Lessons Learned

 
 
By eweek  |  Posted 2001-05-14 Email Print this article Print
 
 
 
 
 
 
 

eWeek Labs grades tools that build lessons for distance learners.

Distance learning is growing up, as companies and institutions look for efficient ways to reach as many "students" as possible. The tools for creating distance learning objects that deliver instruction online are changing the way organizations package and deliver knowledge.

In its eValuation to gauge the progress of these authoring tools for learning objects, eWeek Labs took four products to school—MindLever Composition Suite, from MindLever.com, which has since been acquired by Centra Software Inc.; Hypercosm Inc.s Hypercosm Studio; Macromedia Inc.s Web Learning Studio; and NYUonline Inc.s iAuthor. Adobe Systems Inc. was invited but did not attend, and Click2learn.com Inc. withdrew, citing plans to de-emphasize its ToolBook authoring tool.

The eVal took place at the University of Wisconsin at Madisons Engineering Hall, where eWeek Labs joined 15 judges from the University of Wisconsin, Wisconsin Technical College System, Carnegie Mellon University, the University of Minnesota and Dow Corning Corp. in examining what the vendors brought to the class. The eVal was run under the auspices of UWs Office of Learning and Information Technology.

The lessons we learned in this eVal: Learning objects come in a variety of types with assorted strengths; content experts must work as part of a team to build the most useful online instruction; and the most visual learning objects are the most memorable.

The challenge facing UWs OLIT, the schools Academic Advanced Distributed Learning program and training departments everywhere is to identify authoring tools capable of creating engaging interactive material for online learning that faculty (or corporate trainers) can access and incorporate into online courses.

We are talking about lessons, what the gingham-frocked schoolmarm used to chalk up on the slate. These days, instructors dont use chalk but a learning object authoring tool. OLIT wants to select one or two authoring tools that will help training departments easily create learning objects and then fit those learning objects into an LMS (learning management system).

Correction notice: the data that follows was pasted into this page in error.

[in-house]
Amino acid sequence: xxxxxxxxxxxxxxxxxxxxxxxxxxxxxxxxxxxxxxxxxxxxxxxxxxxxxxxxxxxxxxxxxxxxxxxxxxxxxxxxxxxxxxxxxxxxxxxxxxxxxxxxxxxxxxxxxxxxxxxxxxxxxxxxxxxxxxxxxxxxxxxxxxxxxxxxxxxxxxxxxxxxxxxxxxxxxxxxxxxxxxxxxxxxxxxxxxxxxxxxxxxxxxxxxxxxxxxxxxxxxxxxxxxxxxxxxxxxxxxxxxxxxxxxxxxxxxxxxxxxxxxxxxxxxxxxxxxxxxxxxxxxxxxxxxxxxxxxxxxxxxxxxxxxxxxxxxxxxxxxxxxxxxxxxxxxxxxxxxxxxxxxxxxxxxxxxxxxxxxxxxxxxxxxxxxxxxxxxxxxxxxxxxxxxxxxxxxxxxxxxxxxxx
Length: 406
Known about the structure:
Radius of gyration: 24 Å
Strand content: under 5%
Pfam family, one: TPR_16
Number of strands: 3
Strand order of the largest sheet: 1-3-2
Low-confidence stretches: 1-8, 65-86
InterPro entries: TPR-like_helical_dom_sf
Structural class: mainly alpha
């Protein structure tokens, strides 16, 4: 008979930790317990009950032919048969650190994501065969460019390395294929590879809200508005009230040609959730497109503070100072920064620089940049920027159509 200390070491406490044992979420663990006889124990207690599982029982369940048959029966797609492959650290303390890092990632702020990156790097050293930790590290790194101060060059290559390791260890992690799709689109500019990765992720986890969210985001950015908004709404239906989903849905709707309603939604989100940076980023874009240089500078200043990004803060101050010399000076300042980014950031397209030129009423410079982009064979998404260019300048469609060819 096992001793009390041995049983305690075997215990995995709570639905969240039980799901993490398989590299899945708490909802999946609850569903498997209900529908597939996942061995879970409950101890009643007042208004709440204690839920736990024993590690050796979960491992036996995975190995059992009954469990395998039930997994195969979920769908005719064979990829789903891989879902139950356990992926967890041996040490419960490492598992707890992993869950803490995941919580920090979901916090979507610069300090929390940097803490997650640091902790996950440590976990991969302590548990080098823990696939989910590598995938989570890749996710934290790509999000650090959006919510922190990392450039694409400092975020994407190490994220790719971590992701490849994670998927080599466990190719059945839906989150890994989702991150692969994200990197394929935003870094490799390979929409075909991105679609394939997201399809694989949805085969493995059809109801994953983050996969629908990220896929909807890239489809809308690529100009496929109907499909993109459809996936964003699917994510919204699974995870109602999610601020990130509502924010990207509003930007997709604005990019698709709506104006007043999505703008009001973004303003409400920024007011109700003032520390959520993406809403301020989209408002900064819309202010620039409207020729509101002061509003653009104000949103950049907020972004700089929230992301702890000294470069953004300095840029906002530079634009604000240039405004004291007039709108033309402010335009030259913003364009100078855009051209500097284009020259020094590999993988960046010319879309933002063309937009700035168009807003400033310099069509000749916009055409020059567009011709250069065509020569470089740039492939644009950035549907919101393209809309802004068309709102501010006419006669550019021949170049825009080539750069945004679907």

The Department of Defense has created through its ADL initiative a standard called SCORM (Sharable Content Object Reference Model) to tame these learning objects. All four products we tested are moving to support SCORM standards.

"For a learning object to really be effective, it must easily fit into the LMS," said Judy Brown, an eWeek Corporate Partner and emerging technology analyst for OLIT. "Adherence to the SCORM standard will allow learning objects to easily be interchanged among LMSes."

Ground Rules

Ironically, it is easier to make an informed comparison between jars of pickles at the market than to evaluate a major capital investment. During this eVal, the vendors each had 30 hours to render content into Web-accessible learning objects as judges looked on.

Content, in this case, was the excellent "Exploring the Nanoworld," a suite of simple experiments designed to introduce the learner to the concept of the nanoworld. Supplied by UW chemistry professor Arthur Ellis and created by the Center on Nanostructured Materials and Interfaces (www.mrsec.wisc.edu), it was developed under the auspices of the National Science Foundation.

Centras MindLever Composition Suite, a blend of services and software that draws upon a repository of assets, is well conceived and aptly named. MindLever leverages heavily Microsoft Corp.s Office and sibling programs. It is comparable in scope to iAuthor.

Hypercosm Studio, the tool most limited in scope, provided the most inviting and compelling learning object. Its models can be incorporated into the objects of other vendors. Indeed, MindLever did just that.

Macromedia, the only vendor to offer authoring tools for Macintosh and Windows PCs, presented a satisfying solution based on its Web Learning Studio. One Macromedia representative was party to a most revealing dialogue about usability with one of the judges. (Find out what was said at www.eweek.com/links.)

NYUonlines iAuthor is completely self-contained once the learning object is compiled. Supporting collaborative creation, it seemed quite usable if, as some of the judges felt, a bit too structured.

Click the following links for other stories from this eVal.


Four Packages Shine in Different Subjects
But not one of these offerings was clearly head of the class in all fields.

From the Trenches
With more than 100,000 online students registered at the University of Wisconsin, most faculty and staff have become comfortable creating online content
 
 
 
 
 
 
 
 
 
 
 

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